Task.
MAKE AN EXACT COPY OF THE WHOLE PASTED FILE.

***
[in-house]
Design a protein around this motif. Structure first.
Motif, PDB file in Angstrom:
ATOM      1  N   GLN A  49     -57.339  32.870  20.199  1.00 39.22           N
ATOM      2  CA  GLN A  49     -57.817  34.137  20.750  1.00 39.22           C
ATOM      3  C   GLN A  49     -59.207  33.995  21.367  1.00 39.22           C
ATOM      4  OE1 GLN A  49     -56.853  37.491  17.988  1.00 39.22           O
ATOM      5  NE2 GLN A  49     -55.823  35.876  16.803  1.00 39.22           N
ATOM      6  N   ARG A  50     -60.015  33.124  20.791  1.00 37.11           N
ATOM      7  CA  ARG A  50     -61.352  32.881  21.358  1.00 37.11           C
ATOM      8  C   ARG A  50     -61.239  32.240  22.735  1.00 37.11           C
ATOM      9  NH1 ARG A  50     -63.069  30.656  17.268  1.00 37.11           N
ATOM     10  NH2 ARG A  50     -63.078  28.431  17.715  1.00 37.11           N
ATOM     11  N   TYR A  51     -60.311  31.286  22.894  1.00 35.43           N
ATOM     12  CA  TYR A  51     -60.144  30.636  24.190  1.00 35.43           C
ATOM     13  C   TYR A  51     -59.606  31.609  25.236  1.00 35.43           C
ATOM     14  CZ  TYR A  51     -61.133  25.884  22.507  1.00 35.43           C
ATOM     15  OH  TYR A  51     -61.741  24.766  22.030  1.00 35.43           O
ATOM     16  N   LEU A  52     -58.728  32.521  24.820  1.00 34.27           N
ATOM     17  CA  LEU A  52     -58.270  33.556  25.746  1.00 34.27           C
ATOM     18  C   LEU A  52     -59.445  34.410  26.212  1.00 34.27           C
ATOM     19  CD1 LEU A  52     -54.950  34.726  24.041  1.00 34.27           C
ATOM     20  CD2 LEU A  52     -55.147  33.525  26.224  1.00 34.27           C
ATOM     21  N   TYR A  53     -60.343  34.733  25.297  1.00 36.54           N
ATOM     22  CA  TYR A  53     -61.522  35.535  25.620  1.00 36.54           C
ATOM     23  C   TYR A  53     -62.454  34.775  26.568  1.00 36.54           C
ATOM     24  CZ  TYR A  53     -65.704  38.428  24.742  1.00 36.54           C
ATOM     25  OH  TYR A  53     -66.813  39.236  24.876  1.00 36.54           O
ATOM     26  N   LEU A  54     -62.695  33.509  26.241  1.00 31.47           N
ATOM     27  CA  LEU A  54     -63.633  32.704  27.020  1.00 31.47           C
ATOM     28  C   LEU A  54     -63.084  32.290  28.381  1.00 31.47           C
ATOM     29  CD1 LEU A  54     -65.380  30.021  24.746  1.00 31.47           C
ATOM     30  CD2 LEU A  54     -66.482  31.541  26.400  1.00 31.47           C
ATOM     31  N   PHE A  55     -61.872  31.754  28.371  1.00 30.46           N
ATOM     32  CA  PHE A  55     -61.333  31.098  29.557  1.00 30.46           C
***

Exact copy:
[in-house]
Design a protein around this motif. Structure first.
Motif, PDB file in Angstrom:
ATOM      1  N   GLN A  49     -57.339  32.870  20.199  1.00 39.22           N
ATOM      2  CA  GLN A  49     -57.817  34.137  20.750  1.00 39.22           C
ATOM      3  C   GLN A  49     -59.207  33.995  21.367  1.00 39.22           C
ATOM      4  OE1 GLN A  49     -56.853  37.491  17.988  1.00 39.22           O
ATOM      5  NE2 GLN A  49     -55.823  35.876  16.803  1.00 39.22           N
ATOM      6  N   ARG A  50     -60.015  33.124  20.791  1.00 37.11           N
ATOM      7  CA  ARG A  50     -61.352  32.881  21.358  1.00 37.11           C
ATOM      8  C   ARG A  50     -61.239  32.240  22.735  1.00 37.11           C
ATOM      9  NH1 ARG A  50     -63.069  30.656  17.268  1.00 37.11           N
ATOM     10  NH2 ARG A  50     -63.078  28.431  17.715  1.00 37.11           N
ATOM     11  N   TYR A  51     -60.311  31.286  22.894  1.00 35.43           N
ATOM     12  CA  TYR A  51     -60.144  30.636  24.190  1.00 35.43           C
ATOM     13  C   TYR A  51     -59.606  31.609  25.236  1.00 35.43           C
ATOM     14  CZ  TYR A  51     -61.133  25.884  22.507  1.00 35.43           C
ATOM     15  OH  TYR A  51     -61.741  24.766  22.030  1.00 35.43           O
ATOM     16  N   LEU A  52     -58.728  32.521  24.820  1.00 34.27           N
ATOM     17  CA  LEU A  52     -58.270  33.556  25.746  1.00 34.27           C
ATOM     18  C   LEU A  52     -59.445  34.410  26.212  1.00 34.27           C
ATOM     19  CD1 LEU A  52     -54.950  34.726  24.041  1.00 34.27           C
ATOM     20  CD2 LEU A  52     -55.147  33.525  26.224  1.00 34.27           C
ATOM     21  N   TYR A  53     -60.343  34.733  25.297  1.00 36.54           N
ATOM     22  CA  TYR A  53     -61.522  35.535  25.620  1.00 36.54           C
ATOM     23  C   TYR A  53     -62.454  34.775  26.568  1.00 36.54           C
ATOM     24  CZ  TYR A  53     -65.704  38.428  24.742  1.00 36.54           C
ATOM     25  OH  TYR A  53     -66.813  39.236  24.876  1.00 36.54           O
ATOM     26  N   LEU A  54     -62.695  33.509  26.241  1.00 31.47           N
ATOM     27  CA  LEU A  54     -63.633  32.704  27.020  1.00 31.47           C
ATOM     28  C   LEU A  54     -63.084  32.290  28.381  1.00 31.47           C
ATOM     29  CD1 LEU A  54     -65.380  30.021  24.746  1.00 31.47           C
ATOM     30  CD2 LEU A  54     -66.482  31.541  26.400  1.00 31.47           C
ATOM     31  N   PHE A  55     -61.872  31.754  28.371  1.00 30.46           N
ATOM     32  CA  PHE A  55     -61.333  31.098  29.557  1.00 30.46           C